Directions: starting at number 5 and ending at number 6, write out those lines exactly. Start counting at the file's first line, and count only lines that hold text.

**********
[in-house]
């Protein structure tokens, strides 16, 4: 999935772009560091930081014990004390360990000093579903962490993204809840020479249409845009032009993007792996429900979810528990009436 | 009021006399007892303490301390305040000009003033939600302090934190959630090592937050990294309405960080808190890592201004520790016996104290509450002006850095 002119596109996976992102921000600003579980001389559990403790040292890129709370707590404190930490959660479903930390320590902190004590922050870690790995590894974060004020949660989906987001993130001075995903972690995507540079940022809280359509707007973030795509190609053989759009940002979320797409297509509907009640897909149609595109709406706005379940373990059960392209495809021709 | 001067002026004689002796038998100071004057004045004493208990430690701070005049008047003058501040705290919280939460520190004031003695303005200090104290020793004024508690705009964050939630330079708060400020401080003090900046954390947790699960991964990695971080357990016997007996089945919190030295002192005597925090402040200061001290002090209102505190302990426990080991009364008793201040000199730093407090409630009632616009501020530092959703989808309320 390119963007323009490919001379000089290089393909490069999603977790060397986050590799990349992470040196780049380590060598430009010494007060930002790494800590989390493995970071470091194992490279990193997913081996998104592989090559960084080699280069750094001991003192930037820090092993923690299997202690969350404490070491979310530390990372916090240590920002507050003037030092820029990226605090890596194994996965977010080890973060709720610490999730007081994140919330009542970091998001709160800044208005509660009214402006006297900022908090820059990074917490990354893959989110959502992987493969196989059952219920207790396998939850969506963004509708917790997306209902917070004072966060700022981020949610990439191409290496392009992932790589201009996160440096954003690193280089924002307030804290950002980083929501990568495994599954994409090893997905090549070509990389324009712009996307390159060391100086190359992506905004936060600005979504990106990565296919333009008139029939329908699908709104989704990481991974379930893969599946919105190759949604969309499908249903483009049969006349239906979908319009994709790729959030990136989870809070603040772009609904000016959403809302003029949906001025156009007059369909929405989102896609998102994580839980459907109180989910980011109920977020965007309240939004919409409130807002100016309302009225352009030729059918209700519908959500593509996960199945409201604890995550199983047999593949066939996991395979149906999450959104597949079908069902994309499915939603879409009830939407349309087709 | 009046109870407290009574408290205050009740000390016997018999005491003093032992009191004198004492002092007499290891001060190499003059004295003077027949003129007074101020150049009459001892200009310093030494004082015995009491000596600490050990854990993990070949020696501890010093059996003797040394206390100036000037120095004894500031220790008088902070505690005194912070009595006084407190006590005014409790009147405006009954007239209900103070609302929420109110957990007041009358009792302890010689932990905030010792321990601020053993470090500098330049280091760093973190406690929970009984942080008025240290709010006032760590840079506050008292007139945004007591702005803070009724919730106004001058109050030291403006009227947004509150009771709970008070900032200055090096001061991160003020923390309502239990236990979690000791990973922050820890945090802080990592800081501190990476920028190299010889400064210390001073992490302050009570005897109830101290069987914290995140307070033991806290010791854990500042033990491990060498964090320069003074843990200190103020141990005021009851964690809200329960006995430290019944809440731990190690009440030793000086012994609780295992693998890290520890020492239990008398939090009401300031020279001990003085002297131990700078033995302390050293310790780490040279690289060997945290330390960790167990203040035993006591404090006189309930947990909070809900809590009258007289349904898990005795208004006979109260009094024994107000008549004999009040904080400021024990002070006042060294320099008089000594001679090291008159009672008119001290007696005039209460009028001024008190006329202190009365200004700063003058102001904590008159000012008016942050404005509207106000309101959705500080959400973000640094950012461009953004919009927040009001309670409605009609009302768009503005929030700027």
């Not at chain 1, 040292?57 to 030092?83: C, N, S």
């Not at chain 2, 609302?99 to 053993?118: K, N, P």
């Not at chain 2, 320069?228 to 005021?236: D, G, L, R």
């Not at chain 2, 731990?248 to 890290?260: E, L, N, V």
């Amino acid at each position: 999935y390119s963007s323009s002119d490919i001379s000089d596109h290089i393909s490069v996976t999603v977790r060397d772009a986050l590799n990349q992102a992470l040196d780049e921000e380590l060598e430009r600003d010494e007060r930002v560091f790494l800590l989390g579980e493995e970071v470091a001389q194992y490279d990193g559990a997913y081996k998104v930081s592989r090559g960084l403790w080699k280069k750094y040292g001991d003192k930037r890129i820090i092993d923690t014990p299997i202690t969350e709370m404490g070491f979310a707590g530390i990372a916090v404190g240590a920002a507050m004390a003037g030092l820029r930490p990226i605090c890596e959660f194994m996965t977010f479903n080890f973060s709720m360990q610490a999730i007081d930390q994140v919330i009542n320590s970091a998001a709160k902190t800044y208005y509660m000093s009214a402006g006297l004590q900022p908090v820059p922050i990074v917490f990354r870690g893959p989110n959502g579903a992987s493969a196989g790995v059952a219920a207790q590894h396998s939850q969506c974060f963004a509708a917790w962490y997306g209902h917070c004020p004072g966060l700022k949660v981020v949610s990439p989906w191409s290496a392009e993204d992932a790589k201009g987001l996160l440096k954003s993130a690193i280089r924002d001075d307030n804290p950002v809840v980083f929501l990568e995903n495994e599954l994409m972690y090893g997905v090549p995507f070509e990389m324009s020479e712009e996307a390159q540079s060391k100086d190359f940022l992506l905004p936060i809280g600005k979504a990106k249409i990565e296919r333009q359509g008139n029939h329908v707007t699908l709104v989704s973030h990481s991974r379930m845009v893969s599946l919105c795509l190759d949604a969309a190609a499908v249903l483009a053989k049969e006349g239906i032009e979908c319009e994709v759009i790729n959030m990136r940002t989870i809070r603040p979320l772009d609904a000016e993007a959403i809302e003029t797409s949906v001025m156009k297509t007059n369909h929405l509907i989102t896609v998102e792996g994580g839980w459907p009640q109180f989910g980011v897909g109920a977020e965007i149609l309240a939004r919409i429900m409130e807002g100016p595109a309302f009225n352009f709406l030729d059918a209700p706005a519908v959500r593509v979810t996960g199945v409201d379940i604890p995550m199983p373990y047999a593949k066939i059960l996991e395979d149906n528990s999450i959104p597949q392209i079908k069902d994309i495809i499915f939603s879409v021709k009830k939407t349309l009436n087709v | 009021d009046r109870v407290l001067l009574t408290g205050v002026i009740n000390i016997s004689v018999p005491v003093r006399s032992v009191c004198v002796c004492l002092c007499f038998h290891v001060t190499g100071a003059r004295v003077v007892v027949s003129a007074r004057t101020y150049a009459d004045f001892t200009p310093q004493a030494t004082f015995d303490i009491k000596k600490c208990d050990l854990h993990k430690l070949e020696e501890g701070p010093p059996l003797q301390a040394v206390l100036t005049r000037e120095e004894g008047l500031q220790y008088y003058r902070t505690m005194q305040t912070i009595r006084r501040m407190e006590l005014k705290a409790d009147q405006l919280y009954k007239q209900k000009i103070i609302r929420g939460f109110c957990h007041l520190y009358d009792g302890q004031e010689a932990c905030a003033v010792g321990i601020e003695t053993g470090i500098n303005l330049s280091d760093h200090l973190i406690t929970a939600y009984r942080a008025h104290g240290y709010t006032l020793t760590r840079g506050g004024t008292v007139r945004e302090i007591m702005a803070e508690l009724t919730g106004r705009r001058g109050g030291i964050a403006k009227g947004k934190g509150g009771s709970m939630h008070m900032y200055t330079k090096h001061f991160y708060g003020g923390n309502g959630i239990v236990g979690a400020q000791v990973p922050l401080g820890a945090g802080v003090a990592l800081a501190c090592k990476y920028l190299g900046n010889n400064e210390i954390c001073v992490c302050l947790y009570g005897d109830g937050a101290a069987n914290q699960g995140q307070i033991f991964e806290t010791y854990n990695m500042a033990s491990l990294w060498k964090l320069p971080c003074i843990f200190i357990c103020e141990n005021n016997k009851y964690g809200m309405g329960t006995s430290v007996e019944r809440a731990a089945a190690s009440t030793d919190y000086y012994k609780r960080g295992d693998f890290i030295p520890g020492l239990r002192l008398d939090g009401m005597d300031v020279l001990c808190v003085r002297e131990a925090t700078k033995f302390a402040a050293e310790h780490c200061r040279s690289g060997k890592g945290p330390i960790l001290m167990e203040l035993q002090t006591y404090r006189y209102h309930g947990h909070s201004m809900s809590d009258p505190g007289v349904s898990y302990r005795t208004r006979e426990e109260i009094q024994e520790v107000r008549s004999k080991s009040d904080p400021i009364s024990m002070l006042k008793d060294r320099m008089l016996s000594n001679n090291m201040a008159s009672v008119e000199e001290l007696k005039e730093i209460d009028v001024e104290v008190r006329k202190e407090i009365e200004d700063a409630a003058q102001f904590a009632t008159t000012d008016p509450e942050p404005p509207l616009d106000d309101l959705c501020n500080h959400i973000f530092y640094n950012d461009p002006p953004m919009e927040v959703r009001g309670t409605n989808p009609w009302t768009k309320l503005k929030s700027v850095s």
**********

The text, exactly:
């Not at chain 2, 320069?228 to 005021?236: D, G, L, R």
């Not at chain 2, 731990?248 to 890290?260: E, L, N, V």